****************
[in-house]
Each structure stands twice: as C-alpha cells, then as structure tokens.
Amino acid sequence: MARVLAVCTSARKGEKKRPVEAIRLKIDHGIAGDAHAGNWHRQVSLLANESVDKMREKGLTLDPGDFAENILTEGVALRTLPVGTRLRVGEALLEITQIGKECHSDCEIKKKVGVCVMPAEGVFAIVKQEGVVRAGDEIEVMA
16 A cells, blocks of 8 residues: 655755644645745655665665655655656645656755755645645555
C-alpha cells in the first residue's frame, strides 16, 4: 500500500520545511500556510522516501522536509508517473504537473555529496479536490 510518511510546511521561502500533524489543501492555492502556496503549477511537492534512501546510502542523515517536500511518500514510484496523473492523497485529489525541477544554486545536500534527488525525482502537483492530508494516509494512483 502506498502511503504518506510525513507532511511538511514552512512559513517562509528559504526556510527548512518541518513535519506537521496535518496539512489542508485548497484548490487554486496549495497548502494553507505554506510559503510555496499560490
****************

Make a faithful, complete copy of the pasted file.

[in-house]
Each structure stands twice: as C-alpha cells, then as structure tokens.
Amino acid sequence: MARVLAVCTSARKGEKKRPVEAIRLKIDHGIAGDAHAGNWHRQVSLLANESVDKMREKGLTLDPGDFAENILTEGVALRTLPVGTRLRVGEALLEITQIGKECHSDCEIKKKVGVCVMPAEGVFAIVKQEGVVRAGDEIEVMA
16 A cells, blocks of 8 residues: 655755644645745655665665655655656645656755755645645555
C-alpha cells in the first residue's frame, strides 16, 4: 500500500520545511500556510522516501522536509508517473504537473555529496479536490 510518511510546511521561502500533524489543501492555492502556496503549477511537492534512501546510502542523515517536500511518500514510484496523473492523497485529489525541477544554486545536500534527488525525482502537483492530508494516509494512483 502506498502511503504518506510525513507532511511538511514552512512559513517562509528559504526556510527548512518541518513535519506537521496535518496539512489542508485548497484548490487554486496549495497548502494553507505554506510559503510555496499560490